Most Homeowners Underestimate Hurricane-Related Damage Costs
August 21, 2019
This year’s hurricane season is now underway through November, and while there are no storms on the near-term horizon that should raise red flags, a new study by ValuePenguin.com found many homeowners in high-risk states expressed either ignorance or nonchalance regarding the property damage costs of hurricanes.
In a survey of 1,050 homeowners in hurricane-prone states, 77 percent of respondents said they "felt prepared" for the 2019 hurricane season, although about 48 percent of the same respondents admitted they never began to make preparations. Meteorological warnings are ignored by many: 43 percent of respondents who live in high-risk states believed weather forecasting professionals exaggerate the risk of hurricanes.
When evacuation warnings are made, 56 percent of the surveyed homeowners said they were reluctant to evacuate their homes and would comply to mandatory orders to leave. One in 10 said they would not evacuate at all, despite orders to leave.
As for the costs of hurricane-related damages, 52 percent of the surveyed homeowners guessed that they would spend less than $10,000 repairing their homes after a hurricane. In reality, the average claim amounts in 2017 for wind and hail damage were $10,200 while flooding damage averaged $92,000. And in the markets where hurricane risk is highest, 45 percent of respondents said they didn't know how much insurance coverage they would need to be fully protected.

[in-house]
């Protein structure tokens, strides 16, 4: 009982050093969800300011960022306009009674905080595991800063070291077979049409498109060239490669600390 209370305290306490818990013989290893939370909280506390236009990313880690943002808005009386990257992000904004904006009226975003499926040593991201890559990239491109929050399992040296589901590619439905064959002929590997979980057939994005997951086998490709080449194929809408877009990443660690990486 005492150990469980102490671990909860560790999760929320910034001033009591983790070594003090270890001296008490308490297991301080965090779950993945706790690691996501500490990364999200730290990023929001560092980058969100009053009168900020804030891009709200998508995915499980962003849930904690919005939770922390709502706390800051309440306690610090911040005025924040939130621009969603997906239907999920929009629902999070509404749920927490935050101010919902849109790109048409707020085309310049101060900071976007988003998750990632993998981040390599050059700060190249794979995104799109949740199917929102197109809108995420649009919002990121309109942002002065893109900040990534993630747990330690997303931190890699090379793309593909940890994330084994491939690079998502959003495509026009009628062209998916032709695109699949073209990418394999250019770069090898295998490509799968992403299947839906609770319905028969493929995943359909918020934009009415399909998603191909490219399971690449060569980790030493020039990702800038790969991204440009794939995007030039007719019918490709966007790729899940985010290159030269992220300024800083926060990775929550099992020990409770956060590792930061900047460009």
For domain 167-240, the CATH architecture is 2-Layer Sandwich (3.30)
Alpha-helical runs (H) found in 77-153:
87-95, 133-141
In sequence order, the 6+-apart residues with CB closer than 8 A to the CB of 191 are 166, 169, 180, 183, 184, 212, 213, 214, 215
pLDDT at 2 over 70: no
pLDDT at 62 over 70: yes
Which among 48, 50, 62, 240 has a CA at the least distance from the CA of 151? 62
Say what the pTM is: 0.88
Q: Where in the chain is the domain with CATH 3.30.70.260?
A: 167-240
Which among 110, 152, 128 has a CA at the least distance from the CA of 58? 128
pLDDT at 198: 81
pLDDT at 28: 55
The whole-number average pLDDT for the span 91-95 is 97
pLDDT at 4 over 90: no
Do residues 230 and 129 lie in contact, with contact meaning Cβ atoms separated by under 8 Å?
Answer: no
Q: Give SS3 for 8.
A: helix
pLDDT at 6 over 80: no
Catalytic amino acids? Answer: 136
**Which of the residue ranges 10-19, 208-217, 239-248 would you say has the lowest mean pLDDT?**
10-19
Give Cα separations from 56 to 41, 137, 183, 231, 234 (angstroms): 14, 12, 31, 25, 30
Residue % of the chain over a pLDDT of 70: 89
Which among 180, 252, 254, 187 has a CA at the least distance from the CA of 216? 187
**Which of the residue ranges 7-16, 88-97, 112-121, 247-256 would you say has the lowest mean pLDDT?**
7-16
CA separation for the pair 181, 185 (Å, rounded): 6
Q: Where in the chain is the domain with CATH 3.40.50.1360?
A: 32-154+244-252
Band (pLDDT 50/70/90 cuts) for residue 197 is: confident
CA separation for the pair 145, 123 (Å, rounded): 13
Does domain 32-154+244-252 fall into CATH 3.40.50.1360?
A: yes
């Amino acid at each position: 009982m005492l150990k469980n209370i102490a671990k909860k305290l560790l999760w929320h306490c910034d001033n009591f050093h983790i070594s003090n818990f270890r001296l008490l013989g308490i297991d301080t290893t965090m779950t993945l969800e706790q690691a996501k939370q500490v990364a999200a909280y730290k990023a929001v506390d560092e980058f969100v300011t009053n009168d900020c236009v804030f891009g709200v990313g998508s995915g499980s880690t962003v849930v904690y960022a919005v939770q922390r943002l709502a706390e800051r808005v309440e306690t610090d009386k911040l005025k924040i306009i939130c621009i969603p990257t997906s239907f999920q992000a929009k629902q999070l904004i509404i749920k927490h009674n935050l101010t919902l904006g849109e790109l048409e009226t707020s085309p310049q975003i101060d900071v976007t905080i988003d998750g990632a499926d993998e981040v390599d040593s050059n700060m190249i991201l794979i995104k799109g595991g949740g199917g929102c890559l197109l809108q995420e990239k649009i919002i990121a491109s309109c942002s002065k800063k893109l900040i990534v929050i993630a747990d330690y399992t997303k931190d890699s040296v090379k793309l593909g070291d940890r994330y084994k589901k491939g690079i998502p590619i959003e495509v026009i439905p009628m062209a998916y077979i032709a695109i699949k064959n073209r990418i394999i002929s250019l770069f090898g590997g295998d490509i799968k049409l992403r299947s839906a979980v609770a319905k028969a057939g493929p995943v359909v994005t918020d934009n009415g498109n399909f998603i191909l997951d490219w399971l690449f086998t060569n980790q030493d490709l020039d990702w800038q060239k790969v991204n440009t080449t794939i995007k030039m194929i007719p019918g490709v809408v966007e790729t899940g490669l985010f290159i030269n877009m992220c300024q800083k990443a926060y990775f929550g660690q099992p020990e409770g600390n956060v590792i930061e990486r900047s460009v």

“As the peak of the 2019 hurricane season approaches, the National Oceanic and Atmospheric Administration updated its forecast to predict five to nine hurricanes in the Atlantic before the end of November,” said Chris Moon, Senior Research Analyst at Value Penguin.com. “Most hurricane seasons to date have included six. Yet in our survey, nearly half of all respondents predicted that the United States would experience no more than three hurricanes in 2019.”
In May, CoreLogic estimated that more than 7.3 million single and multifamily homes along the Gulf and Atlantic Coasts face the potential for storm surge damage during this year’s Atlantic hurricane season. Florida has the most exposure to storm surge flooding, with more than 2.9 million homes at risk and the potential for more than $603 billion in replacement cost value (RCV), while Louisiana has the second most exposure to storm surge flooding with more than 847,000 at-risk homes an RCV at over $202 billion. New York third in the number of homes at risk with more than over 564,000 in the potential for harm’s way plus more than $240 billion in RCV costs.
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